Hot … er, cold … on the heels of the rainiest October on record, at our Lee Vining weather station, the Mono Lake Committee measured 21.3 inches of snow—the most snowfall in November since 1994! Almost all the snow fell between the Saturday before and the Sunday after Thanksgiving. This resulted in lots of traffic accidents due to the slippery roads combined with holiday traffic.
The total precipitation for October and November was 5.84 inches, or 43% of our annual average. All of the years since 1988 (the beginning of Lee Vining weather records) with at least 4 inches of precipitation in October–November ended up with total annual precipitation above average: 1994–1995, 1996–1997, 2002–2003, 2004–2005. And all the winters with at least 18 inches of Oct–Nov snow ended up with total snowfall of at least 80 inches (compared to a 66 inch average): 1994–1995, 1996–1997, 2004–2005. You can download this data in an MS Excel file here.
It was also Lee Vining’s coldest and windiest November since 2004 (data available here).
Mono Lake level
Mono Lake dropped a tenth of a foot in November to 6,381.6 feet above sea level. This drop is typical of a dry November—yes, dry—even though Lee Vining’s November precipitation was 174% of average, Cain Ranch is more representative of Mono Lake’s climate and it received only 77% of average precipitation. This lake level is a tenth of a foot higher than last year. Since August the lake has been within a tenth of a foot of last year’s levels. Click here for the latest lake level information.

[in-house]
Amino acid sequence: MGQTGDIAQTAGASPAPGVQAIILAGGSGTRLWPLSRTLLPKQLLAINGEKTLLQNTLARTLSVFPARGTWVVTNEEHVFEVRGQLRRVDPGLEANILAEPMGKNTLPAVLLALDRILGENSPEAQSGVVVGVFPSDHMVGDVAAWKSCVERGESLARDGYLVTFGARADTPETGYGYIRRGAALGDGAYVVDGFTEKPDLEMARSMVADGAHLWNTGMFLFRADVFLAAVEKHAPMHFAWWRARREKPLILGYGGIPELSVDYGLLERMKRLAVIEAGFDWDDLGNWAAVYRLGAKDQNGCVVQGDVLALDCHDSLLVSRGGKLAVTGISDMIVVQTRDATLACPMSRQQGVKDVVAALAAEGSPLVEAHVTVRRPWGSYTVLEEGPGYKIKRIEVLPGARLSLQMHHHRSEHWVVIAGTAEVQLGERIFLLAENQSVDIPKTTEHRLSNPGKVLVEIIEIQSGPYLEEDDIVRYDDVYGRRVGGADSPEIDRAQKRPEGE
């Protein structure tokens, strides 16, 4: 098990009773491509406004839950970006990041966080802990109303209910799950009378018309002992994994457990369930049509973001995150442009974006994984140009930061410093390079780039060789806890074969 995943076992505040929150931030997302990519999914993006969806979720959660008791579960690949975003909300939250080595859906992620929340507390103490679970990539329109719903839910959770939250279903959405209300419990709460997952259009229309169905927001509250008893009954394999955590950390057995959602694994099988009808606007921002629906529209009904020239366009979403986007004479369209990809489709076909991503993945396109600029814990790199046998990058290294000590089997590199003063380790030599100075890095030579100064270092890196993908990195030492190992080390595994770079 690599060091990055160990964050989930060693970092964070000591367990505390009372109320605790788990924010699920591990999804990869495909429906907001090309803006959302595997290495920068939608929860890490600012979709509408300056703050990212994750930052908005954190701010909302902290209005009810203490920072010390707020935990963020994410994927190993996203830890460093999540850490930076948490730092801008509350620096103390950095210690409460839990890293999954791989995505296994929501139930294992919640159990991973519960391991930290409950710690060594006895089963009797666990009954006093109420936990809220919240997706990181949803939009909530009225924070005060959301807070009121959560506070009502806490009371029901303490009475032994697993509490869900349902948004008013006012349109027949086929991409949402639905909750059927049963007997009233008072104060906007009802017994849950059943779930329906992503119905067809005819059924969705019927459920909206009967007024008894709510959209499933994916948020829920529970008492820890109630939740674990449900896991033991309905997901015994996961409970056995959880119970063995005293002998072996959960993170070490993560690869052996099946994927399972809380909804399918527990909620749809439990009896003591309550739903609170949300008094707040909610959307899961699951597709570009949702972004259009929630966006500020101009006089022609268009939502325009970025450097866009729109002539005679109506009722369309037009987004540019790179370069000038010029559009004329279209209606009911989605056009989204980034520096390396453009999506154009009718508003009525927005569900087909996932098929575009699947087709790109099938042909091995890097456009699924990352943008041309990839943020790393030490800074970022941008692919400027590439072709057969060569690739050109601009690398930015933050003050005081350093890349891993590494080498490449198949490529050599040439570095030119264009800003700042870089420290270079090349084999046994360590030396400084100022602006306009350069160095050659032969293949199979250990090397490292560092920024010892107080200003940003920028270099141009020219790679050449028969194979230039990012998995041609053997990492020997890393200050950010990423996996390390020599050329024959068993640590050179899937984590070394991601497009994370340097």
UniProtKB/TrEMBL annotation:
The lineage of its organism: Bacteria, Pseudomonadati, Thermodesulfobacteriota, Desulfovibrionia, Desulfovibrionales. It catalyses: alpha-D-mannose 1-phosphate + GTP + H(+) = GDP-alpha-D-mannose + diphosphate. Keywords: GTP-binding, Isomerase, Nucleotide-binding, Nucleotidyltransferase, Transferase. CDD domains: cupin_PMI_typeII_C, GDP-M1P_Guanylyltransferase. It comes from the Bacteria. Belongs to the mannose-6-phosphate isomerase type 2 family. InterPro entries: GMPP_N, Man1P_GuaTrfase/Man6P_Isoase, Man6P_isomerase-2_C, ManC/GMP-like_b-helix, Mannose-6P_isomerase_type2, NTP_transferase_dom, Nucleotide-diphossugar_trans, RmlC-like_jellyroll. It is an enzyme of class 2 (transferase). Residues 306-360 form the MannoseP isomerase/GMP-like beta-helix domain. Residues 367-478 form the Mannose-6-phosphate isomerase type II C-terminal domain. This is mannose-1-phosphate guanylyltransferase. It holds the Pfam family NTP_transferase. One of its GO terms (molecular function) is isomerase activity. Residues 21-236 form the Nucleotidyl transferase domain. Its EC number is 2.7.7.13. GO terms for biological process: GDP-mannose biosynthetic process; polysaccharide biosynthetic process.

Grant Lake Reservoir to Spill in February
Gem Lake is usually being emptied this time of year, but right now it is at one of the highest levels in decades for early December. Thanks to an October 24th rainstorm that caused the Merced River and West Walker River to almost reach flood stage, and caused large rises on the upper Tuolumne River and Mono Basin streams, reservoirs and reservoir releases are higher than usual. When combined with this year’s test of the newly recommended lower winter streamflows in Rush and Lee Vining Creeks, a lot of extra water is filling Grant Lake Reservoir. Even with Southern California Edison’s cooperation in reducing its reservoir releases, Grant Lake Reservoir is already so high that it will probably spill in February. Click here for real-time flow data.
The main concern with high winter flows being released from the reservoirs is not only the additional energy that fish must expend to fight the current, but also the possibility of flows mobilizing the spawning gravels where fish eggs are incubating. Nevertheless, it is nice to have a lot of water to worry about for a change. We know that water will reach Mono Lake (where it is badly needed) next summer when the timing of higher flows is more natural. With Grant Lake Reservoir poised to spill and Gem Lake higher than usual, the two largest reservoirs in the Mono Basin will have less of a flood control effect on the snowmelt peak flows. And that will benefit the streams and the lake.